CHARACTERISTICS of Blood group diet A-type:
Type As flourish on vegetarian diets. It is also crucial for Type A to get their foods in as natural a state as possible, like fresh, pure and organic. Besides, Type As are biologically predisposed to heart disease, cancer and diabetes. Following a Type-A diet can supercharge their immune system and potentially short-circuit the development of life-threatening diseases.
Type As will be naturally thinner on the correct diet. Eating red meat makes Type A feel sluggish and less energised than vegetable proteins. Type A also stores meat as fat because of low stomach acid (which breaks down proteins). Dairy foods are also poorly digested by Type A as they can provoke insulin reactions and are high in saturated fat, the Type that compromises the heart and leads to obesity and diabetes. Wheat is a mixed factor in the Blood group diet A-type; whilst they can eat it, Type A must be careful not to overeat as this causes acidity to muscle tissue, inhibiting metabolism in this Type.
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To receive the most significant benefits, Type As should eliminate all meats from their diet, although, given the Western diet, this can be difficult. Chicken and turkey are neutral for Type As, but they should avoid processed meats such as ham and bacon.
Type As can eat seafood in modest quantities three or four times a week but avoid flatfish like sole and plaice as they contain a lectin that can irritate their digestive tract. Other fish to be avoided are anchovy, crab, haddock, herring, lobster, mussels, shrimp and smoked salmon.
Type A can tolerate small amounts of fermented dairy produce but should avoid anything made with whole milk and limit egg consumption to occasional organically produced eggs. Type A choices should be yoghurt, kefir and cultured dairy products. Goat’s milk and soya are suitable substitutes, as is soy cheese. Dairy products are not digestible for Type As because they produce antibodies to the primary sugar in milk. Foods to avoid include cheese made from cow’s milk and ice cream.
Type A needs very little fat to function well, but a tablespoon of olive oil on salads or steamed vegetables daily will aid digestion and elimination. Oils to avoid include corn, groundnut, safflower, and sesame.
Since Type As should eat very little animal protein, nuts and seeds supply a vital protein component. Pumpkin seeds, sunflower seeds, almonds and walnuts are all good for Type As. Type A should also eat peanuts as often as possible as they contain a cancer-fighting lectin (eating the skins and the nuts). Type As with gall bladder problems, they should limit themselves to small amounts of nut butter instead of whole nuts. Nuts to avoid are Brazil nuts, cashew nuts and pistachio nuts.
Type A thrives on the vegetable protein found in beans and pulses. However, like kidney beans and chickpeas, some contain a lectin that can decrease insulin production, often a factor in both diabetes and obesity.
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Blood group diet Type As generally do well on cereals and grains and can eat these foods once a day. They should select whole grains instead of instant and processed cereals and introduce millet, soya wheat and oats into the diet. Wheat-eating Type A needs to balance the intake of acid-forming wheat with more alkaline foods such as fruit and vegetables, as Type A does better when their tissues are slightly alkaline. Buckwheat is very beneficial, but they should avoid wheat germ, shredded wheat, wheat germ and wheat bran, white flour, semolina flour and wholewheat flour.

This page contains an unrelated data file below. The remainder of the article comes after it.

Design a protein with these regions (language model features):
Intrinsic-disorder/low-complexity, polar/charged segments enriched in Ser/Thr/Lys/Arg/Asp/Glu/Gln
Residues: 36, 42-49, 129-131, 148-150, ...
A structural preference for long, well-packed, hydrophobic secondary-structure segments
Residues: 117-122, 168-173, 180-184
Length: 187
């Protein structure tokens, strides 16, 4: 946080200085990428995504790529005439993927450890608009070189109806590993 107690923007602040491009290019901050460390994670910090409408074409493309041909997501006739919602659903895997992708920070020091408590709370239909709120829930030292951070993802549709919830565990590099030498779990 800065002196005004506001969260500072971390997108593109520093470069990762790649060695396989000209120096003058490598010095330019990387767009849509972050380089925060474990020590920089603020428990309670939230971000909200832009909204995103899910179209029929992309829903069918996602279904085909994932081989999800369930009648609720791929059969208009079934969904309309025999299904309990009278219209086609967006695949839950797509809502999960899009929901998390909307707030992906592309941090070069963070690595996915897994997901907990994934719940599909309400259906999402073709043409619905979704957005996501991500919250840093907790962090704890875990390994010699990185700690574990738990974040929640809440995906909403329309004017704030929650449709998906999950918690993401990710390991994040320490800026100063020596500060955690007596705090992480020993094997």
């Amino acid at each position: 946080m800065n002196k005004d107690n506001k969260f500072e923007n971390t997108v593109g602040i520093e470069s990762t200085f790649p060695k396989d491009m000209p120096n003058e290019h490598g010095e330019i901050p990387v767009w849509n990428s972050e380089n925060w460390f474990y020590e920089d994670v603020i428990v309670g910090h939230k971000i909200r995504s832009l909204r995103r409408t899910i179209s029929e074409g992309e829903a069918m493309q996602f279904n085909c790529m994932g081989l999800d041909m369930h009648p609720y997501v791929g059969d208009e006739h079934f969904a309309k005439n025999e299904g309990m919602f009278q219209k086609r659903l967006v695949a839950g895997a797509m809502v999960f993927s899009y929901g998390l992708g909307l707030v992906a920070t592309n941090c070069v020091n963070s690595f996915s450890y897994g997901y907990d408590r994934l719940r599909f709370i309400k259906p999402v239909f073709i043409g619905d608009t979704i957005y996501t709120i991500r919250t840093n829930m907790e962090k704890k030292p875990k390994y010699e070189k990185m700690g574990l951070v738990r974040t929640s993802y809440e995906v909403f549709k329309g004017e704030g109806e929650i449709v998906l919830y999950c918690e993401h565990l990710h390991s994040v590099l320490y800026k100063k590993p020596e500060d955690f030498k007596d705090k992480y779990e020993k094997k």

Fruit and vegetables are vital to the Type A diet, providing minerals, enzymes and antioxidants. Most vegetables are available to Type A, but a few aggravate the delicate Type A stomach, such as peppers and fermented olives. Type As are also very sensitive to the lectins in most potatoes, sweet potatoes, yams and cabbage. They should also avoid tomatoes, which substantially affect their digestive system. Type A should eat fruit three times daily, emphasising the more alkaline fruits such as berries and plums. Type A doesn’t do well on tropical fruits like mango and papaya. However, pineapple is excellent for the Type A digestive tract. Other fruits to avoid include bananas, coconuts, cantaloupe and honeydew melon, oranges, rhubarb and tangerines.
Type A should view these ingredients as more than flavour enhancers; the right combination of spices can be a robust immune system booster. Tamari, miso and soy sauce are very beneficial for Type A. Furthermore, blackstrap molasses is a good source of iron, a mineral lacking in the Type A diet. Kelp is an excellent source of iodine, but they should avoid vinegar because of its acidic properties. Sugar and chocolate are allowed on the Type A diet but only in tiny amounts. Type A should also avoid gelatine, pepper (black, cayenne, white), and vinegar.
Red wine is good for the Blood group diet A-type because of its positive cardiovascular effects. Coffee may also be suitable for Type A as it raises stomach acid and has the same enzymes found in soya. Besides, I recommend alternating coffee and green tea for the benefits. They should avoid all other beverages as they don’t suit the digestive system of Type A, nor do they support the immune system.
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D’Adamo P. The Eat Right Diet. Century 1998